The British author is considered by many as the father of round-the-world motorcycling thanks to his book, Jupiter's Travels, about his four-year journey on a Triumph in the mid-'70s.

Others had made the journey before him, of course, but his account is one of the most popular.

In 2001, at 70 years old, he set off to do it again, covering another 100,000 km in three years through 48 countries on a BMW. It never occurred to him to not ride a motorcycle this time.

"I would always travel silently," he said. "I'd just stop in a square, park the bike and take my helmet off. Then I'd light a cigarette and people would gravitate towards me. By the time I finished the cigarette, I'd have at least one new friend."

Simon had just returned from a short visit to Mongolia when I saw him; Ewan McGregor had asked to meet him there because he's interested in filming Jupiter's Travels one day.

"He was a bit of a hero of mine," says McGregor, "and his book had inspired me."

Simon's California house was a place for other adventurers to stop by, and while I was there, a young rider named David Stafford came to stay the night.

"Travelling solo by motorcycle has put me in unfamiliar and sometimes challenging situations that I would never have otherwise experienced," he told me over dinner.

"Ted says, `The interruptions are the journey,' but I say, `The most desperate circumstances make the best stories.'

"You can't help but learn a great deal about yourself in those situations. I got to know something about the world but I also got to know myself much better. And it wouldn't have happened if I hadn't been on a motorcycle."

I've not been around the world on a motorcycle but I know something of which he spoke.

Back in the '80s, when I was 24, I spent more than a year travelling around North America on my motorbike.

I didn't have kids or own a house and all my belongings could be packed into a pair of saddlebags.

On the road, I accepted many invitations to eat or to stay with people solely because we had struck up a conversation about the motorcycle.

Once, in the Yukon, I was rescued from a crash beside the road by a group of native hunters who let me stay and recuperate at their home for days. Another time, broke in Texas, I siphoned gas from an abandoned car near the home of Hanging Judge Roy Bean.

I wanted to continue to South America but kept a promise instead to return to school, where I fell in love and settled down to raise children.

But last year, the pull was too great and I set off across North America on the old bike, retracing the route of Zen and the Art of Motorcycle Maintenance for a book-writing project.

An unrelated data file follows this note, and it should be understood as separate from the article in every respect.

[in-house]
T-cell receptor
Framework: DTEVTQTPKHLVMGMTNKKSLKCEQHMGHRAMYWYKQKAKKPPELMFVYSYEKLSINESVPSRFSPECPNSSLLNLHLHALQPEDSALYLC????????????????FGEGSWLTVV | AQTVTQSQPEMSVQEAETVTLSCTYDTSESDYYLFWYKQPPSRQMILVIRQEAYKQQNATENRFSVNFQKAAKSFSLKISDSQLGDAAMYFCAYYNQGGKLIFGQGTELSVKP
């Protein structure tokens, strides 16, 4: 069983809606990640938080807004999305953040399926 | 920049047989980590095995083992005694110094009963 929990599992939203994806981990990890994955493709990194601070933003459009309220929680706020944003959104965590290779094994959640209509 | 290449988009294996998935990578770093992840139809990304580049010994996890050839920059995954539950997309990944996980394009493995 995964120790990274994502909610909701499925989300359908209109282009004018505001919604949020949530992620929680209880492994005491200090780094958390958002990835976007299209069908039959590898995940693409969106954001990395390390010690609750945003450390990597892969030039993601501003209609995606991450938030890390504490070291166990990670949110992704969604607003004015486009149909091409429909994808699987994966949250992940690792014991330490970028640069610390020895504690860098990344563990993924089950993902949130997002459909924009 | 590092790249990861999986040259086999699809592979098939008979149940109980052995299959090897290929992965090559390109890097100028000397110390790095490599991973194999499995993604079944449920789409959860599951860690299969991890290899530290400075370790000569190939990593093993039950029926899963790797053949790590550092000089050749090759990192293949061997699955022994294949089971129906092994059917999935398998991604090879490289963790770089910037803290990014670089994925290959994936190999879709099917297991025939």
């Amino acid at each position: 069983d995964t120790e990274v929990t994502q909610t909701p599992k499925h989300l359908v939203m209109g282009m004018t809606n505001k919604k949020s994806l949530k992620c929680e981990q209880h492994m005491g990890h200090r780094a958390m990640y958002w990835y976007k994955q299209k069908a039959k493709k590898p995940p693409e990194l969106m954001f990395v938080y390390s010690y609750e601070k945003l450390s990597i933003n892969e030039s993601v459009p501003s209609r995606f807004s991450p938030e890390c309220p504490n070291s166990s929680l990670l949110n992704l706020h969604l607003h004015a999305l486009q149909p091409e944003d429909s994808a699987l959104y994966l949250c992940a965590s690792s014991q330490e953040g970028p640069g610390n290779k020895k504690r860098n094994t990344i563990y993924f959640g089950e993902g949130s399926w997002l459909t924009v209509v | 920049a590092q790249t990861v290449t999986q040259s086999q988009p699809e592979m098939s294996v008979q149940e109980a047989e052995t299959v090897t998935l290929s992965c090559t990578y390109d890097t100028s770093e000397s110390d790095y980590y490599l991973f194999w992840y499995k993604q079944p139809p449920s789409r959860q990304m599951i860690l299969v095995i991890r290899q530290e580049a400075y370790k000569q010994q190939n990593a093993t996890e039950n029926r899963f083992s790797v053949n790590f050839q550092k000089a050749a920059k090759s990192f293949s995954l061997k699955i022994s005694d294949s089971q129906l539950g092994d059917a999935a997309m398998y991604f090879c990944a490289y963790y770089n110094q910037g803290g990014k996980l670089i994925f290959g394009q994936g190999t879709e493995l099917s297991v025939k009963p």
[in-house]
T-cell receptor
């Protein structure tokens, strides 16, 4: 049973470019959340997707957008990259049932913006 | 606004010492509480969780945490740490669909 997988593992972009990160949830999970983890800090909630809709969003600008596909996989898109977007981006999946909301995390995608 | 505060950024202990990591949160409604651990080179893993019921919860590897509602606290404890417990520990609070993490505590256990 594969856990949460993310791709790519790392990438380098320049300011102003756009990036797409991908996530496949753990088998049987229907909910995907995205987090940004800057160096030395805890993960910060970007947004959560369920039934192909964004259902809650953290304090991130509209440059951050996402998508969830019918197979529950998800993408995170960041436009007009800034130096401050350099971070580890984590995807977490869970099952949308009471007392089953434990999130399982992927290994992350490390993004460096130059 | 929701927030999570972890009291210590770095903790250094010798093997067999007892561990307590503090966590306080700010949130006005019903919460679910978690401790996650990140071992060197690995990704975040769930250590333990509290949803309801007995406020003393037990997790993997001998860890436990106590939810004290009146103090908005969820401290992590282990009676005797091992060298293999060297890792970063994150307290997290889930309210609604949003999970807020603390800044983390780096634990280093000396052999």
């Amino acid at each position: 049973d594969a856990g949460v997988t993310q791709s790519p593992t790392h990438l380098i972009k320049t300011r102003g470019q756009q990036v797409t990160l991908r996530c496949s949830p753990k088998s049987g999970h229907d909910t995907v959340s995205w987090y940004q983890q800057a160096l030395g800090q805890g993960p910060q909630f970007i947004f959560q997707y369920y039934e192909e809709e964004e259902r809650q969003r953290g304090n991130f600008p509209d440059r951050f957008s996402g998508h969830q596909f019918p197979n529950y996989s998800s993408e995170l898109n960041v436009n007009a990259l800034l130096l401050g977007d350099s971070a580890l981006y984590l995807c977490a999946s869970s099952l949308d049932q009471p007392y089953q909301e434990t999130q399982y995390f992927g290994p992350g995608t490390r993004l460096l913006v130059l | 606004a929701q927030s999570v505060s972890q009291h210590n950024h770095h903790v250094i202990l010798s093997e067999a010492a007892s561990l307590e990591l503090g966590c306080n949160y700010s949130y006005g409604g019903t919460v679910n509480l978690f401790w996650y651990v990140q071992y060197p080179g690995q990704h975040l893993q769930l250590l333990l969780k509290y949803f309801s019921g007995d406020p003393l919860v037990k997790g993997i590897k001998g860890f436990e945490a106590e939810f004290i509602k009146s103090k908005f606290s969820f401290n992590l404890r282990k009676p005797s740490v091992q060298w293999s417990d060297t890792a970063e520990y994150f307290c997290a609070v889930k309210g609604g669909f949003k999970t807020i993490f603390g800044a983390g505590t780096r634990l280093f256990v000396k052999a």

It was a short trip in comparison with the world's true adventurers but memorable nonetheless, all the more so for throwing myself into the elements and absorbing all the road has to offer.

You get onto a bike and it changes everything. There's no distractions except for what's in the world around you. You're not in a car, smoking a cigarette, drinking a coffee, driving along. Everything around you is exactly what it is.Caleb Dykstra

The official Guinness record holder for the longest motorcycle journey is Argentinian Emilio Scotto, who quit his job in 1985, aged 30, and set off with $300 in his pocket to see the world. In 10 years, he covered more than 735,000 km through 214 countries and territories.

And then there are Caleb Dykstra and Liz Wilkinson, a couple in their early 20s who have never attempted anything like this before.

They will leave their Ottawa homes Nov. 4 for Ushuaia, the world's southernmost city, on the tip of Chile.

It'll be the first motorcycle trip for Wilkinson, who earned her licence this summer after meeting Dykstra and who bought a Kawasaki 250 Super Sherpa for the journey. Dykstra will be riding alongside on his KLR 650.

"We're not quite in the same league as Ewan and Charley," says Dykstra. "We've got a budget of $6,000 Canadian each, which is $15 a day for fuel, $10 for food and $5 for lodging. That breaks down so that once a week, we can probably stay in a hotel. That's enough — take a shower and do some laundry, get recouped and get going again."

They expect to return next April and have already accepted many Internet offers of accommodation from motorcyclists along the way.

"I'm 24, I don't have kids or a house, and I can pack all my belongings into three tote bags. I manage a landscaping company, so there's no work in Ottawa in the winter and why should I stick around?" he asks.

"Of course, I'll do it on a motorcycle — there's no better way to travel. And after all, I believe that if your life is not worth reading about, what's the point in living it?"

Mark Richardson is the editor of Wheels. wheels@thestar.ca